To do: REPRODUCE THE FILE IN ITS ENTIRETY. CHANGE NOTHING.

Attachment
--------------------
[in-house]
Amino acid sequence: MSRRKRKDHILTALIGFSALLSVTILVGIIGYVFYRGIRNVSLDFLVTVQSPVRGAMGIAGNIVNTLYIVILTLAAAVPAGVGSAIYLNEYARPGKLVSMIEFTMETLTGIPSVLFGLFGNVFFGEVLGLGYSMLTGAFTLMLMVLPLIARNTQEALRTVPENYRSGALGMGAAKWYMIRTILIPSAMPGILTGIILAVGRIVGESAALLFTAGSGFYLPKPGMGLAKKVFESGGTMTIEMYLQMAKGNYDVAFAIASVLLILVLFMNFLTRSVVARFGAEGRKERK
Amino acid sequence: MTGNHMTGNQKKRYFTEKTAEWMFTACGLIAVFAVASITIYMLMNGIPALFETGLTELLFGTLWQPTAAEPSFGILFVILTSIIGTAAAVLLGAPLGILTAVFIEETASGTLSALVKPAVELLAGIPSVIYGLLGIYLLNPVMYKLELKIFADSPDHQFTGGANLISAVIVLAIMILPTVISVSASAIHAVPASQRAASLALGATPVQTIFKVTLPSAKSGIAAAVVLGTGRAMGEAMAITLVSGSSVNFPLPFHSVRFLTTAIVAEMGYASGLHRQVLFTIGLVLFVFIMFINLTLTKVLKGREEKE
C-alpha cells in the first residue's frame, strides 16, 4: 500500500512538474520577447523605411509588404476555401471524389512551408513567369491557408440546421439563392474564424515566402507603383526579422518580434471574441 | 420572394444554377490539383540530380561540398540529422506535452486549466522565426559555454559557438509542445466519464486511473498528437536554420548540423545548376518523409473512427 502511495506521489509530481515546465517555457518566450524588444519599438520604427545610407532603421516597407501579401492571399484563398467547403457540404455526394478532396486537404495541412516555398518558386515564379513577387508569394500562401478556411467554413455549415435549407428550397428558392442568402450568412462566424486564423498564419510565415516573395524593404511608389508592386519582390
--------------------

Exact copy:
[in-house]
Amino acid sequence: MSRRKRKDHILTALIGFSALLSVTILVGIIGYVFYRGIRNVSLDFLVTVQSPVRGAMGIAGNIVNTLYIVILTLAAAVPAGVGSAIYLNEYARPGKLVSMIEFTMETLTGIPSVLFGLFGNVFFGEVLGLGYSMLTGAFTLMLMVLPLIARNTQEALRTVPENYRSGALGMGAAKWYMIRTILIPSAMPGILTGIILAVGRIVGESAALLFTAGSGFYLPKPGMGLAKKVFESGGTMTIEMYLQMAKGNYDVAFAIASVLLILVLFMNFLTRSVVARFGAEGRKERK
Amino acid sequence: MTGNHMTGNQKKRYFTEKTAEWMFTACGLIAVFAVASITIYMLMNGIPALFETGLTELLFGTLWQPTAAEPSFGILFVILTSIIGTAAAVLLGAPLGILTAVFIEETASGTLSALVKPAVELLAGIPSVIYGLLGIYLLNPVMYKLELKIFADSPDHQFTGGANLISAVIVLAIMILPTVISVSASAIHAVPASQRAASLALGATPVQTIFKVTLPSAKSGIAAAVVLGTGRAMGEAMAITLVSGSSVNFPLPFHSVRFLTTAIVAEMGYASGLHRQVLFTIGLVLFVFIMFINLTLTKVLKGREEKE
C-alpha cells in the first residue's frame, strides 16, 4: 500500500512538474520577447523605411509588404476555401471524389512551408513567369491557408440546421439563392474564424515566402507603383526579422518580434471574441 | 420572394444554377490539383540530380561540398540529422506535452486549466522565426559555454559557438509542445466519464486511473498528437536554420548540423545548376518523409473512427 502511495506521489509530481515546465517555457518566450524588444519599438520604427545610407532603421516597407501579401492571399484563398467547403457540404455526394478532396486537404495541412516555398518558386515564379513577387508569394500562401478556411467554413455549415435549407428550397428558392442568402450568412462566424486564423498564419510565415516573395524593404511608389508592386519582390